Home » The Ford Maverick Is A Great Vehicle, But Is It A Great Truck? I Tried It And Know How To Make It Better

The Ford Maverick Is A Great Vehicle, But Is It A Great Truck? I Tried It And Know How To Make It Better

Truckenoughmav Top
ADVERTISEMENT

I don’t usually think of the Ford Maverick as a truck. That’s not a slight; in fact, it’s a compliment, because what I do think of it as is a very capable and affordable do-anything sort of vehicle. The idea of the Maverick excites me the most when I think of it in its cheapest hybrid form ($25,315), because it is an inexpensive five-seater, four-door vehicle that gets 37 combined mpg and has out back what you could treat as, with a tonneau cover, a massive trunk or, open, a usable if short truck bed. It’s a Swiss Army knife sort of machine, something you could take into almost any unknown situation and find that you’re pretty well equipped to handle whatever happens. It’s a vehicle I happily recommend to people who want something inexpensive and useful for a huge variety of use cases. Deep down, though, I think it still is a truck, fundamentally, or at least wants to be, so I figured it was time to do a sort of review on the Maverick that’s a bit more focused. Specifically, how is it at doing, you know, truck stuff?

What do I mean by truck stuff? Great question, disembodied voice; help yourself to some canapés. I think for this test there are two basic defining truck things I want to focus on, two of the most utilitarian things that also tend to be the two things that people who don’t own trucks tend to ask people who do own trucks to loan them those trucks to do: move items that are not the sorts of things you’d want in the interior of your normal car and move huge items that simply won’t fit in your normal car.

Vidframe Min Top
Vidframe Min Bottom

These also happen to be the two categories of tasks that I tend to do when I use my own truck, the 1989 Ford F-150 David got for me a while ago, and it is very much A Truck, and it has a name, The Marshal:

F1501

I often use The Marshal to haul crap and tree limbs and other forgotten detritus to the dump, and I often use it to haul my advanced personal watercraft to the lake, the HMS Terror:

ADVERTISEMENT

Cs Terror Okuda Cs Hmsterror 2

Yes, it’s my shitty canoe. It’s probably worth noting that I used to haul my shitty canoe to the lake on the roof of my Nissan Pao:

Pao Canoe

…so technically you don’t actually need a truck to do this, but the process of getting the canoe on the Pao’s roof and tying it down and then stashing all the lifejackets and other gear was all kind of a colossal ass-pain, and just shoving the thing in the bed of the F-150 has made life vastly easier.

Img 9997 Large

ADVERTISEMENT

I suppose I should mention that the Maverick that was kindly loaned to me was a Tremor edition one. Well, to be even more specific, the one loaned to me was the most expensive Lariat trim level, with the 2-liter Ecoboost engine making 250 horsepower/277 lb-ft of torque, bolted to an eight-speed automatic, and with the Tremor package that gives “advanced” AWD and a one-inch lift with slightly better breakover, departure, and approach angles, along with better tires and a bunch of decals, all for an extra $3,495.

Img 9994 Large

I really don’t care about the Tremor package in the context of this review. The name never fails to make me picture old people with very shaky hands, or perhaps a mild earthquake, and, really, if intense off-roading was my goal, I don’t think this is the vehicle I’d choose, Tremor-ized or not. From what I’ve read, it does just fine for mild off-road use, but if you want a rock climber or a serious off-roader, this really isn’t it.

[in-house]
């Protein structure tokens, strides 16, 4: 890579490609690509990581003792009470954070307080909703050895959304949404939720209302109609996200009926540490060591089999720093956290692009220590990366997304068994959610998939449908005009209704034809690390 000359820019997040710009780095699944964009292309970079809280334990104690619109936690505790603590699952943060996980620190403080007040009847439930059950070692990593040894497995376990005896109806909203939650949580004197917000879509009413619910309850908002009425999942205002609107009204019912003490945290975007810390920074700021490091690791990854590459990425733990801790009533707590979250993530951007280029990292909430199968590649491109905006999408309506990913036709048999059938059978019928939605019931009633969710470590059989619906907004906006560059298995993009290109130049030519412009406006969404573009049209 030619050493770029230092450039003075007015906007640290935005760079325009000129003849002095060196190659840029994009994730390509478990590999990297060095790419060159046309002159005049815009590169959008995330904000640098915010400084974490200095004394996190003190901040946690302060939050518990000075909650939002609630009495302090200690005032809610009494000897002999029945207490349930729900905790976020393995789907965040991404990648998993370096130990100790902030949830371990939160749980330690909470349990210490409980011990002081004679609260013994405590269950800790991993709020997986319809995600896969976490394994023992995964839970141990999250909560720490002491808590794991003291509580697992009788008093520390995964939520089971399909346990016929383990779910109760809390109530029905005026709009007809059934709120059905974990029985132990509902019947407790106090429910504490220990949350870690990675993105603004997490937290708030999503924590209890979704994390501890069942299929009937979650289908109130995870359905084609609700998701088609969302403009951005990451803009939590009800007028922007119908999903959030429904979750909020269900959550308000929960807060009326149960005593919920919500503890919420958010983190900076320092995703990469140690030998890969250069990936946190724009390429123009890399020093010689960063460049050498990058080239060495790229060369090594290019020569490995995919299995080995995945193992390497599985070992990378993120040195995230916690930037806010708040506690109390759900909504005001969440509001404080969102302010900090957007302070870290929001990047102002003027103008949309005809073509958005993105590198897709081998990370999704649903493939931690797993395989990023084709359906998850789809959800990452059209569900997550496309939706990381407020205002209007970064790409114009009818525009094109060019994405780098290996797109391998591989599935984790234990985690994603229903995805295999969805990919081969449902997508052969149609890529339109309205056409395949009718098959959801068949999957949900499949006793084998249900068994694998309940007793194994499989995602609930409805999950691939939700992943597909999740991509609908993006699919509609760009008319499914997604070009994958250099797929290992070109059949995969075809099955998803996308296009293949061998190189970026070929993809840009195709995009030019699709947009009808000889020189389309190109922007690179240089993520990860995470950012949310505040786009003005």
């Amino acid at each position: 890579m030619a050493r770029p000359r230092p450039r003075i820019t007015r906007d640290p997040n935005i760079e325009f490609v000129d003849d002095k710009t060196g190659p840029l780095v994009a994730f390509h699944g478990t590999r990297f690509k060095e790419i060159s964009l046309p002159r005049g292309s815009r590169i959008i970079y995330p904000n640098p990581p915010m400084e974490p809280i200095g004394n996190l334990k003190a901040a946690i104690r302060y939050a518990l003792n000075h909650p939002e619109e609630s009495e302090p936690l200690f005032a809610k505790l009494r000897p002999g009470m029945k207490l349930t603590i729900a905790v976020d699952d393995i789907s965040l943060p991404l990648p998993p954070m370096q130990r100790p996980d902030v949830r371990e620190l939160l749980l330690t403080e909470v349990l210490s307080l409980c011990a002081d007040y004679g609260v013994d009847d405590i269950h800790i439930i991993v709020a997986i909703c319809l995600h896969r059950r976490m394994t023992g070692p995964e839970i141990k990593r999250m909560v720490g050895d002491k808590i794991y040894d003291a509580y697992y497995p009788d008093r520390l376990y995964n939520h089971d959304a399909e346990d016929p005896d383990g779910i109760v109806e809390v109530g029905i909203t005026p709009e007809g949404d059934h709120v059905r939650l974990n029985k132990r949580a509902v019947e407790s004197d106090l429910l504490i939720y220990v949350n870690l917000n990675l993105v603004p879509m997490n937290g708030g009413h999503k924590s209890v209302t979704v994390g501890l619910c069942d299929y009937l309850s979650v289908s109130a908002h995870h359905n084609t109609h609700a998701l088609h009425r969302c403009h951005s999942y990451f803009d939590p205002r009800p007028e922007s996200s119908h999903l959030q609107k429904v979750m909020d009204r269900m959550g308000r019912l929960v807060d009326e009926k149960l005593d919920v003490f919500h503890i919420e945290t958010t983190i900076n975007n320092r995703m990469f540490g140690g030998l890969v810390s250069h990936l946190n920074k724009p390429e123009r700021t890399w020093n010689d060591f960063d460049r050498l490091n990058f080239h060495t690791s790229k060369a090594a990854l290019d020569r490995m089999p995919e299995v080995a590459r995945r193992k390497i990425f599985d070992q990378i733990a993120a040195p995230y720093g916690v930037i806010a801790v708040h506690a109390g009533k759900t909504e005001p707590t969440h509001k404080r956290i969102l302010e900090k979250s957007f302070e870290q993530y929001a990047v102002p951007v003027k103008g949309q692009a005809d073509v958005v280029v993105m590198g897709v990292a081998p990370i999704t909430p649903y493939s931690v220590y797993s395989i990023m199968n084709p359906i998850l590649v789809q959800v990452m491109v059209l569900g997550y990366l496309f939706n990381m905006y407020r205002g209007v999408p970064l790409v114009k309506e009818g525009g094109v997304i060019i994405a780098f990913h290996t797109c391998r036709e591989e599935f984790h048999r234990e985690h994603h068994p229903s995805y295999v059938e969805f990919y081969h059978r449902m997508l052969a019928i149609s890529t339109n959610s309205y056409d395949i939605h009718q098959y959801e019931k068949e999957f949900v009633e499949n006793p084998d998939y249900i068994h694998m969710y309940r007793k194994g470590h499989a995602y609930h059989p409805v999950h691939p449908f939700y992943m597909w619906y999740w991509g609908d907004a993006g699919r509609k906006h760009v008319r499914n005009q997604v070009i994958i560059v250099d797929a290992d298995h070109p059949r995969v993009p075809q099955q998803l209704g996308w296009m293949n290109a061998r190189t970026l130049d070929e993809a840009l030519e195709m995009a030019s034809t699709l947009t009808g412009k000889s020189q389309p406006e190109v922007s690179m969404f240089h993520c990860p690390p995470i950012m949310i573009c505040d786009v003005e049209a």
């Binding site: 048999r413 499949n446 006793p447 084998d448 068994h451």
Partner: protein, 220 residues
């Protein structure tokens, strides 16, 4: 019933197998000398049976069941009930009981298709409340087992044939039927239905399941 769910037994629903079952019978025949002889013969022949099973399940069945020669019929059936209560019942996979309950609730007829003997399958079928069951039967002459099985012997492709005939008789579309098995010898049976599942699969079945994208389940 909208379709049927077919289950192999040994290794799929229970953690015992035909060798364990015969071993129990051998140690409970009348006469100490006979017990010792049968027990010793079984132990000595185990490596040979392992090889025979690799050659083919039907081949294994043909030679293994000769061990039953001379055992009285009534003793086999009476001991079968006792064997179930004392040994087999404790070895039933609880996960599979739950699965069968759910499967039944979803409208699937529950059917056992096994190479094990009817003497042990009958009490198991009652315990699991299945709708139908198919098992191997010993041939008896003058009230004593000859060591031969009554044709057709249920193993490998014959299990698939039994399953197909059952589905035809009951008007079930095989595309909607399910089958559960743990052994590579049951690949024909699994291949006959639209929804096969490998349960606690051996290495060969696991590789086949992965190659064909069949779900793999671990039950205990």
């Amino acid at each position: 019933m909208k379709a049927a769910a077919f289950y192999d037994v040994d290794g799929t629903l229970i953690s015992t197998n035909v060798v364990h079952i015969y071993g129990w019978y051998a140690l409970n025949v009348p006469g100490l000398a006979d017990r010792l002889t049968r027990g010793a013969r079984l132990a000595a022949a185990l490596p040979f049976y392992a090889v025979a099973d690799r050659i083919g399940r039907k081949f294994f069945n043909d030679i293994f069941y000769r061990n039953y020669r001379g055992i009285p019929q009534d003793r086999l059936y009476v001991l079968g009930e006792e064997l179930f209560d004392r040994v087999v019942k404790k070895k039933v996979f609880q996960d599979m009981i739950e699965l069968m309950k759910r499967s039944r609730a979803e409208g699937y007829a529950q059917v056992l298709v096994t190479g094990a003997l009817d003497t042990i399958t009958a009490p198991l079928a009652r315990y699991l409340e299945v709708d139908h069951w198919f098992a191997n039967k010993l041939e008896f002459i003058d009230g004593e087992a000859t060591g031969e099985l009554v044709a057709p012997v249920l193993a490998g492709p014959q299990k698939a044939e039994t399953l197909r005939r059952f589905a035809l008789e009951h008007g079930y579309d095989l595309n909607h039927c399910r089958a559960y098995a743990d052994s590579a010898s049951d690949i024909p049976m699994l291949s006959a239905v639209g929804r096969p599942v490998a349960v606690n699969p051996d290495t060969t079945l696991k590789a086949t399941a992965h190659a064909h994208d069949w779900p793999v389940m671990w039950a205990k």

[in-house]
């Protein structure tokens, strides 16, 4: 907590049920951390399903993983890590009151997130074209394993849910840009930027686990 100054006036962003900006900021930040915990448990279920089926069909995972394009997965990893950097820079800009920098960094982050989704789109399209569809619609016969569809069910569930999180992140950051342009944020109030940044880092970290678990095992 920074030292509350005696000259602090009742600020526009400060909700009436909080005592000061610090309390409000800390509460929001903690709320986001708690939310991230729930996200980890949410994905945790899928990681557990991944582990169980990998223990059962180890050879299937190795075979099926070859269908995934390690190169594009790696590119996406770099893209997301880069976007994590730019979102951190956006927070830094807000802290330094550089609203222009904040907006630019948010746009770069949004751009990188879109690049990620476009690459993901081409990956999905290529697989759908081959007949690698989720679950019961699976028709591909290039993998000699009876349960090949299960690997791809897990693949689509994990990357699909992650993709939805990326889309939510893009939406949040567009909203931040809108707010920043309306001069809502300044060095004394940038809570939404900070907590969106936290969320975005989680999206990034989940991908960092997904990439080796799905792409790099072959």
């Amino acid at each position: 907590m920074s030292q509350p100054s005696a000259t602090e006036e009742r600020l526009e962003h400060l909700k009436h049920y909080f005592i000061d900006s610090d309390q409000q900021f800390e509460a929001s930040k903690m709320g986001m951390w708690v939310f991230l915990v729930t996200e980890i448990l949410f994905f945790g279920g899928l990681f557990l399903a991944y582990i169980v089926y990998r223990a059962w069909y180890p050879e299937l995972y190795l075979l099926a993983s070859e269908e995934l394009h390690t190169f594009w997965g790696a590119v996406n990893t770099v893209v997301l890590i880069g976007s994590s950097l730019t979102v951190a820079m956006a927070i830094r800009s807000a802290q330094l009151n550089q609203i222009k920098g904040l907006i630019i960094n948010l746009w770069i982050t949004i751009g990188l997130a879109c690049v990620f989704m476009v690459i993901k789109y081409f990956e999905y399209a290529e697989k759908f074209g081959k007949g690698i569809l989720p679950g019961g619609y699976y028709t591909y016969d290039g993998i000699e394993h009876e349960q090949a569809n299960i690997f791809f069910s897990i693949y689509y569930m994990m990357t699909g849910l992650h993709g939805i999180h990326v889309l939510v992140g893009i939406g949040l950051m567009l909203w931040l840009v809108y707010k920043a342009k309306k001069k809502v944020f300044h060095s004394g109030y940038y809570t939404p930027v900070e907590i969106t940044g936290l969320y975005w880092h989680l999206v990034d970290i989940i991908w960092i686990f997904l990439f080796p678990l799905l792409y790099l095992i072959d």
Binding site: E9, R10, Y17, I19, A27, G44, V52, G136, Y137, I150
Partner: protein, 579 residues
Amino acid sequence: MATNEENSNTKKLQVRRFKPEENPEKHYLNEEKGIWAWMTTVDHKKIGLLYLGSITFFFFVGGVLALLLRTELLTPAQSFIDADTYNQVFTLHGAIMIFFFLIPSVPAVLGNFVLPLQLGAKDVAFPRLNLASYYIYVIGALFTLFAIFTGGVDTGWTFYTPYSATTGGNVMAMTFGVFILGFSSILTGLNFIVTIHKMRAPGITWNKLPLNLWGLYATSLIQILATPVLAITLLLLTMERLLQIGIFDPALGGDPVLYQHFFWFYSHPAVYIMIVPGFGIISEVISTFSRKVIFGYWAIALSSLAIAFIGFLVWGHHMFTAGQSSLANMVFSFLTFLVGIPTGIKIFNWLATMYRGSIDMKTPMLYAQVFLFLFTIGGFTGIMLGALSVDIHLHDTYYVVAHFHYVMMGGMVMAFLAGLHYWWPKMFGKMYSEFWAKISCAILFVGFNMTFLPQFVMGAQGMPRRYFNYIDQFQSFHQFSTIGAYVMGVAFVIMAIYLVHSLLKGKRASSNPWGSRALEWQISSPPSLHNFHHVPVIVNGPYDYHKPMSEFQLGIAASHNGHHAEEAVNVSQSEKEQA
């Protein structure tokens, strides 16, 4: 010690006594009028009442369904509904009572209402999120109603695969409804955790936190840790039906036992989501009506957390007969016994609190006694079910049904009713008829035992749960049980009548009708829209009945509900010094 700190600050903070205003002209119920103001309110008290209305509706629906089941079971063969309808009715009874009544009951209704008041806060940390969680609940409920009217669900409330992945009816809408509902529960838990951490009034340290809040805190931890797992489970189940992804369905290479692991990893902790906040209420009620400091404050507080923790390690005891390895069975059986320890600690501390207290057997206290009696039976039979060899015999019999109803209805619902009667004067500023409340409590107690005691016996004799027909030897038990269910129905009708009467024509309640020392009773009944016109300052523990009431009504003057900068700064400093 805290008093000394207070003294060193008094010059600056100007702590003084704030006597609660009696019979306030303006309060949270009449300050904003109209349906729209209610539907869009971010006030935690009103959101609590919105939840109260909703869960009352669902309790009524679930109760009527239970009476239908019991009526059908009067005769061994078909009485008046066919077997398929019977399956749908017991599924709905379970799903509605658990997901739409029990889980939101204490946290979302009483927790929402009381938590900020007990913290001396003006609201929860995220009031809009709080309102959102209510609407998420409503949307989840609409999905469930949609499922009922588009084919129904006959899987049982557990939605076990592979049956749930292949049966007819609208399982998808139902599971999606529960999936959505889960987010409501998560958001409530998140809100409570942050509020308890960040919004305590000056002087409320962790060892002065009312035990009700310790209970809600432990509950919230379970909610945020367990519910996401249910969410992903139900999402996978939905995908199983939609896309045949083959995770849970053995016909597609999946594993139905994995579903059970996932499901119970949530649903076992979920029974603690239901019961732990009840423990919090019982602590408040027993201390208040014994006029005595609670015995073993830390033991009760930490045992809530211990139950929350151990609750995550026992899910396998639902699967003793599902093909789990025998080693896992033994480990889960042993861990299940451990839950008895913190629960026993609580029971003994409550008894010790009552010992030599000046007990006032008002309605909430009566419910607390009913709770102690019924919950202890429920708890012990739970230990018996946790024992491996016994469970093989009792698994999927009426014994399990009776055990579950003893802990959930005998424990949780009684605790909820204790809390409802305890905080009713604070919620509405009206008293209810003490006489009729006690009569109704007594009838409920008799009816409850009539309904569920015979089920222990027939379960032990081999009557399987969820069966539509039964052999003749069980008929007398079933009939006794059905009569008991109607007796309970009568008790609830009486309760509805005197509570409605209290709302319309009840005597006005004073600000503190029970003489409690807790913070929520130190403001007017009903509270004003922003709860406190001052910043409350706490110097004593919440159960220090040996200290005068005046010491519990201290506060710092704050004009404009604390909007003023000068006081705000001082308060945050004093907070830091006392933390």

I do like the bits of orange trim the Tremor package adds, though, like in the grille bar that incorporates the turn indicators and the tow hooks:

Img 9998 Large

ADVERTISEMENT

Beyond that, though, for the purposes of what we’re discussing today, we can ignore all the Tremor stuff; this review is valid for any Maverick.

Okay, so let’s get to it, and see how it does with our two key truck tasks!

Task One: Hauling Crap You Don’t Really Want Inside Your Car

Img 0016 Large

There’s two main categories of crap you don’t really want inside your car: crap that is filthy in some way, or crap that is destructive in some way. In the filthy category, this can include brush or tree limbs or gravel or mulch or 140 pounds of creamed sturgeon, unbagged, or trash or whatever. Anything that would normally require you to, if you had it in your trunk or SUV, spend too much time with a vacuum and some paper towels getting everything decent again.

The other category is stuff that, if shoved in the trunk or back of your SUV, would tear up headliners and seats and carpet. The stuff I decided to haul to test fits into this category.

ADVERTISEMENT

I have a roughly 9-month old puppy who is almost as big a full-grown dog named Juno. Juno is half Husky and half Australian Shepherd, a pretty intimidating combination for someone like me who is more used to dogs that are sweetly and pleasingly stupid. Juno is both smart, and, because she is still a puppy, a dummy.

Juno1

She’s very sweet, but she makes some really terrible decisions, and because she’s surprisingly clever, can usually make those terrible decisions happen. The most common of these is figuring out ways to escape the house and yard. I’m pretty sure I saw her working a combination lock at one point.

Anyway, I needed to shore up some fencing in her backyard romp-about area, so I went to Tractor Supply Company (who should just become a damn sponsor for us by now) to get a big roll of fencing and metal fence posts. These are heavy, bulky things with sharp, scrapey edges that would turn upholstery and carpet into a shredded mess that looked like a few cats got drunk and started to discuss politics, and things ended in pawticuffs and clawticuffs.

Img 0015 Large

ADVERTISEMENT

In this context, the Maverick did just fine, despite the short bed, because even if the bed is short, it’s still well-designed, and the bedliner material is rugged and effective at taking abuse. Those posts had to go in diagonally, which was fine, and the plastic edging on the lip of the bedsides proved useful as well, doing a good job of protecting the paint.